By Brigette Currin 8 minute read

Guest Blog – Mills & Reeve

Software and SaaS (software as a service) are, on the face of it, portable and thus perfect for export, so it’s tempting to leap straight in and start making the supplies. In practice, time spent planning and preparing is time well spent. In this article we headline key factors to consider.

Assess the market

It’s a trite point in some ways! Overseas markets can be difficult to access and exploit, even if you have a clear sales or supply opportunity that gets you past the existing competitors in the market.

Local laws may be a factor and, in some locations, cause an obstruction. These may require change to your product, change the risk profile (eg in locations that lack intellectual property (IP) laws or reliable enforcement measures), or create an unfamiliar commercial landscape. Take local law advice to understand the landscape.

But your assessment of the market and the real opportunity for export shouldn’t be limited to sales and legal due diligence. Talk to government and public bodies in and around your target locations and, if possible, get war stories from UK and EU-based businesses that are already supplying software or SaaS in the locations about how they are finding the trading environment.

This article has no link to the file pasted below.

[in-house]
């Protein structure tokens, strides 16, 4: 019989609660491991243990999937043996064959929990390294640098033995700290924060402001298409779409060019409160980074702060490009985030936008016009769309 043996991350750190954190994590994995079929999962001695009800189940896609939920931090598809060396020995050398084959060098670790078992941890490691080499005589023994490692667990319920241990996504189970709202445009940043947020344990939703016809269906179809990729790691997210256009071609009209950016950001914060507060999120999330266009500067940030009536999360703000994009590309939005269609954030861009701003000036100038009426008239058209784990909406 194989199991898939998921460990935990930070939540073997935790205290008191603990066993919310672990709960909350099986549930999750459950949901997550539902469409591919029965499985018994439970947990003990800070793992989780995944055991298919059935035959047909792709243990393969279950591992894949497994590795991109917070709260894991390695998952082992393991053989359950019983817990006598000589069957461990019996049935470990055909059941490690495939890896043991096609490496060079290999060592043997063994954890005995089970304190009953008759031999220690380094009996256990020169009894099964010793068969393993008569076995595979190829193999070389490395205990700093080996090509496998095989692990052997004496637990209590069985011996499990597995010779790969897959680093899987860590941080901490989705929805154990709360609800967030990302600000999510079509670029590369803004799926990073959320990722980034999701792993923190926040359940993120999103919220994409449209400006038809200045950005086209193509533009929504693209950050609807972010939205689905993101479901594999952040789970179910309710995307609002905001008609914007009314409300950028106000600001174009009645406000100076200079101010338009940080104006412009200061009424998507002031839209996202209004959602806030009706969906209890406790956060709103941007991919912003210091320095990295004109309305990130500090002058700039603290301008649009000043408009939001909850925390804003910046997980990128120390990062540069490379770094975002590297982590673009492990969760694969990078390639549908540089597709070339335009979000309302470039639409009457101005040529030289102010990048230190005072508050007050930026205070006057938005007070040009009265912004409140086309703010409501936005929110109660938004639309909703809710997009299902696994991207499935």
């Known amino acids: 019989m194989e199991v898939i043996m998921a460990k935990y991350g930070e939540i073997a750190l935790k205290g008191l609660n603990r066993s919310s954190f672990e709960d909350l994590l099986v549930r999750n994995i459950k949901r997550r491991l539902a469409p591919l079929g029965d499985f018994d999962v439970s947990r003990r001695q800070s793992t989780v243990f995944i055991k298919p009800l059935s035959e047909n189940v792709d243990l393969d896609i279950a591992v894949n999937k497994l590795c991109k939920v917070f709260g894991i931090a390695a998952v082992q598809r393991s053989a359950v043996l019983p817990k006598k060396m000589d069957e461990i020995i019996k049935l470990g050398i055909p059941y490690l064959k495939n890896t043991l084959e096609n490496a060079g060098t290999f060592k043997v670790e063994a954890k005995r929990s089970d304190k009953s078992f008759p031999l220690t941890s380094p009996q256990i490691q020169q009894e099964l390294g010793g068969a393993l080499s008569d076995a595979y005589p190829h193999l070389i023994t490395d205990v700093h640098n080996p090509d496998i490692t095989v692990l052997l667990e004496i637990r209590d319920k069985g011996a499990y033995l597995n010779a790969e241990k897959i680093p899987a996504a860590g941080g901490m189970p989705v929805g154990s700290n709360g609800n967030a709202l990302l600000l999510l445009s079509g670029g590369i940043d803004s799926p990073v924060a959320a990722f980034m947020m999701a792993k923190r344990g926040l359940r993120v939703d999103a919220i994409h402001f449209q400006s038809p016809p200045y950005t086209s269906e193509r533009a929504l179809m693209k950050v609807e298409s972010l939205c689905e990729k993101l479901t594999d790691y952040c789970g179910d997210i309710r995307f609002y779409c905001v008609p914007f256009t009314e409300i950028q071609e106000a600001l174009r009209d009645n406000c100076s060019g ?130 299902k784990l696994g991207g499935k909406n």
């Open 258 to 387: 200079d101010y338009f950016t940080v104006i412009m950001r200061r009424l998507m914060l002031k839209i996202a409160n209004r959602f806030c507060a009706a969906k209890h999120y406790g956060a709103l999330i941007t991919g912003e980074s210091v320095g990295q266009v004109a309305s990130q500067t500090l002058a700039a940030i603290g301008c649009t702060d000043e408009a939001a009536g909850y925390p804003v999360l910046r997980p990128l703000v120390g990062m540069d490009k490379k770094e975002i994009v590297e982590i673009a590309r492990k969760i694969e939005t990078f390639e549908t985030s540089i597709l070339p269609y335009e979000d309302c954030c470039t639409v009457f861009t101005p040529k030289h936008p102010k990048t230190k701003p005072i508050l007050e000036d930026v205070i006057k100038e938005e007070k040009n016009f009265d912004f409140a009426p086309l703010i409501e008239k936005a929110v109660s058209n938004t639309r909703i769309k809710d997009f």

Batten down the (IP) hatches

Software and SaaS are IP rich. If your target locations provide legal protection for IP, establish measures to benefit from the protection before you export. Where registration is available, obtain the registrations. If registration is not available, offers less protection than you’d like, or is a lower priority for you than getting into the market, what is your ‘Plan B’? Measures to consider may include contractual protection, and technical means to disable and/or extract product from specific contexts or the entire market.

Your protective mindset might need to start at home. Before embarking on a programme of IP registration at home or abroad, you should ensure that your organisation does actually own the IP in its software and SaaS products.

If parts were built by the founders, contractors or established suppliers you should ask these questions:

  • Has the IP been transferred to ‘mother ship’?
  • If IP hasn’t been transferred, can you re-build in a way that does not infringe the original material?
  • If having registered IP in the UK/ EU will assist with an application to register in other jurisdictions, do you have all the relevant UK/ EU registrations in place?